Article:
by Daniel

Since the industrial revolution people have been abandoning the countryside for the city in search of better job opportunities and an improved social life. An estimated 54% of the world population now lives in major cities and particularly in developing countries this number is on the rise.
In contrast, one of todays most recognized trendwatchers, Mr. Adjiedj Bakas points out a rather interesting fact. In the developed world we start to witness an increase of people leaving cities for the countryside.
This is due in part to the current economic climate, but primarily these people seek a simpler and more sustainable lifestyle in consideration to the nature. They are more cautious about their food and pursue a deeper spiritual existence.
Bakas introduces a new term, slowbalization, which is the slowing down of globalization. Though this is now word with continued trends of ruralisation and glocalization he sees this becoming a part of our common vocabulary.
Slovakia is coming out of 40 years of heavy urban development under the communist regime, turbo capitalism in the 1990s and a Schengen frenzy with a massive outflow of young intelligence since the new Millenium.
Today, being a stable part of the modern Europe, Slovakia experiences a new wave among the generation of young adults. They call for a change of values and a comeback to their own roots.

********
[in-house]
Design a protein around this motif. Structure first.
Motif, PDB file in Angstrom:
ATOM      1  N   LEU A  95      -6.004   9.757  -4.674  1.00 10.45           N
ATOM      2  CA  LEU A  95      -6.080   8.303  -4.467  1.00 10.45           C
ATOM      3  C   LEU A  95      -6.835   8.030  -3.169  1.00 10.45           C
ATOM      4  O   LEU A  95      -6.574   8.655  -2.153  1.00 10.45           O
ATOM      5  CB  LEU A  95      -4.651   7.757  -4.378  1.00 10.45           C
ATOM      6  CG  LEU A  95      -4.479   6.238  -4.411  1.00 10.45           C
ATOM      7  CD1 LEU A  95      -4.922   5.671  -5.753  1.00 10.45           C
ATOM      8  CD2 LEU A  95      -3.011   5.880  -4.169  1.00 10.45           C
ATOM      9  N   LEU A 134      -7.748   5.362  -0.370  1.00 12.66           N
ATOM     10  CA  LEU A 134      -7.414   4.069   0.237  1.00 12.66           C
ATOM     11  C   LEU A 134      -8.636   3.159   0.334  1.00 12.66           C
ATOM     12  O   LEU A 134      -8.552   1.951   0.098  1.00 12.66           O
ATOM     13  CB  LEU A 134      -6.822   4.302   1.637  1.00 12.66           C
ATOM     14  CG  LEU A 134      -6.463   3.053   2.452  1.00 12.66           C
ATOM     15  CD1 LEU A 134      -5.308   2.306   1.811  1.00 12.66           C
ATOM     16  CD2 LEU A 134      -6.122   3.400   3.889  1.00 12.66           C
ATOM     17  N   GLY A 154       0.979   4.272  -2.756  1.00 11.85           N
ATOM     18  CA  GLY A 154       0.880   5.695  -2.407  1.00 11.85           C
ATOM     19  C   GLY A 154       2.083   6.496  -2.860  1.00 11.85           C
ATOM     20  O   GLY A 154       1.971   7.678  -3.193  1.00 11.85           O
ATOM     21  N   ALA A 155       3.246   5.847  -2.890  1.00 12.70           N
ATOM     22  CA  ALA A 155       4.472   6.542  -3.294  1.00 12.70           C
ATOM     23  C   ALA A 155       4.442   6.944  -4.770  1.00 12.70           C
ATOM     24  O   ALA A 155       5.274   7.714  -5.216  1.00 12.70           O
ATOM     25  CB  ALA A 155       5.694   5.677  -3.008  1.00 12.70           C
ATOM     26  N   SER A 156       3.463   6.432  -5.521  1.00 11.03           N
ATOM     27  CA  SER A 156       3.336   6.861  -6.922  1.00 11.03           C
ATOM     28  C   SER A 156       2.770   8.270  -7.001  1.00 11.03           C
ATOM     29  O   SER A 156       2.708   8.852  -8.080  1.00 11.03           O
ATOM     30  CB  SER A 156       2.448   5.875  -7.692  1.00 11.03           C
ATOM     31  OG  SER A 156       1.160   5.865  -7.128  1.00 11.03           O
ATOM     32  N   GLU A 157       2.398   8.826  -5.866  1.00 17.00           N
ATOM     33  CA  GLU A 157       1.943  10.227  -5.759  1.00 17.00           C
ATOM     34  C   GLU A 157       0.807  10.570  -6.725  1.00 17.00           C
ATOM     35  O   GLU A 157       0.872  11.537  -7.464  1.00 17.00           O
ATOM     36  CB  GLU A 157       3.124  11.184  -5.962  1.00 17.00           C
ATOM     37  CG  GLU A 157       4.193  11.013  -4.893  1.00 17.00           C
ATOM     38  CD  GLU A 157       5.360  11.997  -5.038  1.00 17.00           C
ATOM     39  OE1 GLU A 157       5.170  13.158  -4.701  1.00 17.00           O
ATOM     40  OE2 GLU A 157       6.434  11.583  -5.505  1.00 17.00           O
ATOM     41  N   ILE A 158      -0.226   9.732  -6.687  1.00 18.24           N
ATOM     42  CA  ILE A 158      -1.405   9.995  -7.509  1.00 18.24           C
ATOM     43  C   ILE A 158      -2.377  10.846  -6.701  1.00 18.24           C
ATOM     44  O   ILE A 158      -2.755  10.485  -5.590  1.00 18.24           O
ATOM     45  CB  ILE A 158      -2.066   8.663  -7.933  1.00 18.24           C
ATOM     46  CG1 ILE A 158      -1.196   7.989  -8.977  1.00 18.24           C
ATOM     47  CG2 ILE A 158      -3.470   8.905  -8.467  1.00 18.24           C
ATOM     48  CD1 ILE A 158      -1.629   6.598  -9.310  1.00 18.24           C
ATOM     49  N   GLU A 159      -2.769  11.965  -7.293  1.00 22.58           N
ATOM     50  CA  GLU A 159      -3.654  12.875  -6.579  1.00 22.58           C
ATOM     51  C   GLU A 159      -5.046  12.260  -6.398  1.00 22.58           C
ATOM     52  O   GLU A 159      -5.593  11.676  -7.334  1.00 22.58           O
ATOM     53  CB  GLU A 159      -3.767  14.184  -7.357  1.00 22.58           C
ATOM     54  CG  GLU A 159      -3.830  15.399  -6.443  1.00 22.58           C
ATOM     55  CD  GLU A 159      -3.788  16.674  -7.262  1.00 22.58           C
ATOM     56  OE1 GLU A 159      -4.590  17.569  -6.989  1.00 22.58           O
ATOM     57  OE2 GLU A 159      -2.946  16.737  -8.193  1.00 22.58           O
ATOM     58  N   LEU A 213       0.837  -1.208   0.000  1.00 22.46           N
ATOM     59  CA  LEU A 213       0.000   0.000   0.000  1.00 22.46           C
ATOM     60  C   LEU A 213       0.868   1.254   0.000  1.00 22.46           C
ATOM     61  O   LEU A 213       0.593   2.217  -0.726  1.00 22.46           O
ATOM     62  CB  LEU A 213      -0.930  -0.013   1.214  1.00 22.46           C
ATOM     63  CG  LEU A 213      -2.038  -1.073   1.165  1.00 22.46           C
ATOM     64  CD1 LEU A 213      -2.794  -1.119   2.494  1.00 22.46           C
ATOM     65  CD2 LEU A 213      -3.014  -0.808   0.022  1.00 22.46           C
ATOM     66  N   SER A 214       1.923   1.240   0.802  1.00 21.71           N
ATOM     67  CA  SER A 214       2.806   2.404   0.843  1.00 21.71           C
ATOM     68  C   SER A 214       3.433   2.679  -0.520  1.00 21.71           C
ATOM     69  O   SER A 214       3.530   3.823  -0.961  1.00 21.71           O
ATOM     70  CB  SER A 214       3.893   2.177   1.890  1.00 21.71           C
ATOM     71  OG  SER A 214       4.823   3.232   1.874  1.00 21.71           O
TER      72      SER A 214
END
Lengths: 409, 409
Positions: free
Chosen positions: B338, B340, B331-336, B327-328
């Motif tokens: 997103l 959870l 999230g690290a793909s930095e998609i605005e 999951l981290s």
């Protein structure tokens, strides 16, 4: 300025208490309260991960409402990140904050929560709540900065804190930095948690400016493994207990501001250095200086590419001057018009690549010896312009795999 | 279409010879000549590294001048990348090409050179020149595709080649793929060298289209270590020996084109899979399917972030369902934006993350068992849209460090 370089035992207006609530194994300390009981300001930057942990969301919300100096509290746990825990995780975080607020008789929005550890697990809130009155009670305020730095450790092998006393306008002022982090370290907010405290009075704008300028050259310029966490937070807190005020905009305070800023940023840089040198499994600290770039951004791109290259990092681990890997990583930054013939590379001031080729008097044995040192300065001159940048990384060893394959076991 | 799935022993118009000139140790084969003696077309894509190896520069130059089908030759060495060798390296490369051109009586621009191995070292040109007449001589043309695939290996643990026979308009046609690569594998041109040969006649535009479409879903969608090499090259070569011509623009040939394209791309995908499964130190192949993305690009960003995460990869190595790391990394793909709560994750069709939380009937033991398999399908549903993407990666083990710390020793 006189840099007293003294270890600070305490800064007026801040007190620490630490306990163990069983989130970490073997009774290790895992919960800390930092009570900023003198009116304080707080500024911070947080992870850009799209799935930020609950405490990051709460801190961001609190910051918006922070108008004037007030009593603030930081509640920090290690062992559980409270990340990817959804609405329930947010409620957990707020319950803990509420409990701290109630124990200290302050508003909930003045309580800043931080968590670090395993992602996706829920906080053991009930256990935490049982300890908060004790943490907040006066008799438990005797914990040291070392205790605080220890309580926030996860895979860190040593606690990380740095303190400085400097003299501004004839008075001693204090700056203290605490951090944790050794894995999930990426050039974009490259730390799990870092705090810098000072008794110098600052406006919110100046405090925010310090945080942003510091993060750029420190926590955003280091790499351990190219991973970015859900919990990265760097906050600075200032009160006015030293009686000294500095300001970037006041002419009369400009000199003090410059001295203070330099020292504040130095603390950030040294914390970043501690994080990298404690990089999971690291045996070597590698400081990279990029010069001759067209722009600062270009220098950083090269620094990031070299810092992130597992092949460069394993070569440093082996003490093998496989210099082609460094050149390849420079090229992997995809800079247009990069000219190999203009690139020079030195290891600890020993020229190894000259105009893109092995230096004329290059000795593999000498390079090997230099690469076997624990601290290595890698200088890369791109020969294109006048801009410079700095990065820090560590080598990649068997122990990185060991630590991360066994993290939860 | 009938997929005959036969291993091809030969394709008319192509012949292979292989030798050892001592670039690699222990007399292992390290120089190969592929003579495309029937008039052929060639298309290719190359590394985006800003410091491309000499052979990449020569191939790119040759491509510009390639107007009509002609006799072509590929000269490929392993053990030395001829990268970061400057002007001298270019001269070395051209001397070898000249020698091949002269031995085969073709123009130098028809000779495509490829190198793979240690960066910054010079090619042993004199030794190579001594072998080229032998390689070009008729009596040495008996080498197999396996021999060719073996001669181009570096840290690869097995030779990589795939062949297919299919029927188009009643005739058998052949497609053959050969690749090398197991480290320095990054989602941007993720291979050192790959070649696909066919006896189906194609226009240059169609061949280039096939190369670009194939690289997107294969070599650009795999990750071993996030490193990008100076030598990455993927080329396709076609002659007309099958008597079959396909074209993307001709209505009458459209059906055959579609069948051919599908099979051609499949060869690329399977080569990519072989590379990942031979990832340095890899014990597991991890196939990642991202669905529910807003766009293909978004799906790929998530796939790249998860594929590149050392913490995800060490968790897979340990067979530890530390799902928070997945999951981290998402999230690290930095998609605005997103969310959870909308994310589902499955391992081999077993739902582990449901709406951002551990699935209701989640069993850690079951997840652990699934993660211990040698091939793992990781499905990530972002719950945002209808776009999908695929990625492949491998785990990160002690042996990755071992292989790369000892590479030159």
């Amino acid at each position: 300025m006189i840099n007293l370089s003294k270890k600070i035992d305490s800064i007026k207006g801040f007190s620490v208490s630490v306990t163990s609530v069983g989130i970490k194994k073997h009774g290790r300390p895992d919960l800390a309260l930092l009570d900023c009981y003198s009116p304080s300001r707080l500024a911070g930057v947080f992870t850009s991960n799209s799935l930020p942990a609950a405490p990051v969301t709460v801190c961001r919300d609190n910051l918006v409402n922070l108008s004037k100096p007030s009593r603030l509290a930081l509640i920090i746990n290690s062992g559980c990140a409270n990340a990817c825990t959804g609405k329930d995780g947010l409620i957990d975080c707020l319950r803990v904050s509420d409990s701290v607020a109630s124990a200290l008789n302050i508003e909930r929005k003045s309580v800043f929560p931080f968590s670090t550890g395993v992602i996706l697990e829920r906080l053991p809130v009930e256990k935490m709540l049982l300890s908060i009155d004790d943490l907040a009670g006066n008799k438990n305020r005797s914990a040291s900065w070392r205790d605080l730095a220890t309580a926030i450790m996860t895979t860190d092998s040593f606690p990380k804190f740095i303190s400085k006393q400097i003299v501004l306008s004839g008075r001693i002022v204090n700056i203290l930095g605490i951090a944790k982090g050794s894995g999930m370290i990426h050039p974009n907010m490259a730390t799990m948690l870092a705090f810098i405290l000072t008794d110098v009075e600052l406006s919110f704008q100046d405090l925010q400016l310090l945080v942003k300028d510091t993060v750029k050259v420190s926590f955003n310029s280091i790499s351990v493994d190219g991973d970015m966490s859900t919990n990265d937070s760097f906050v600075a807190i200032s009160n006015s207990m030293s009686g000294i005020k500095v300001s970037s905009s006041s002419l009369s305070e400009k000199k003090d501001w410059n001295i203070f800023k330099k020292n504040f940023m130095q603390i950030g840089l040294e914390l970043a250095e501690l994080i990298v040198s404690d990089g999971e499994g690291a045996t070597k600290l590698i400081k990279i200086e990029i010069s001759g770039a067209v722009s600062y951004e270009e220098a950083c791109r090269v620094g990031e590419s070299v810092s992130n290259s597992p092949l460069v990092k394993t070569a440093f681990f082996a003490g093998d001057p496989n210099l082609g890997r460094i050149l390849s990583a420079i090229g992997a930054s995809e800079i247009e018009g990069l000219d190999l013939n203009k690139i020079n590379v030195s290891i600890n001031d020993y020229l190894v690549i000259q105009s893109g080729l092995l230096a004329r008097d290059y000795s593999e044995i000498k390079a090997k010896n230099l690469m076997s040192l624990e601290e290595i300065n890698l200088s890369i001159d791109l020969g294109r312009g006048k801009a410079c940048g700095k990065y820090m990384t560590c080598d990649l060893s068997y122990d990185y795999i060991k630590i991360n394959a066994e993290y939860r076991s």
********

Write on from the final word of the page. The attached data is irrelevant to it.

This microgeneration of new settlers start inhabiting rural parts of the country. It is not that they wouldn’t be of any use in the cities. The majority of them have university education and their decision to leave isn’t due to a search of a better job.
Some live closer to the land and dedicate themselves to farming. Others have kept their jobs in the cities thanks to the Internet. Some live in communities while others have chosen solitude to study eastern philosophies and practices. One way or the other, one thing is common – closeness and respect to nature.
These people haven’t discovered anything new and despite that it seems to be magical. Yet it is just natural, but the modern society with priority to competition and the saturation of the five senses has gradually taken it away from us. What the new settlers encounter in their new homes is what we all have deeply enrooted inside.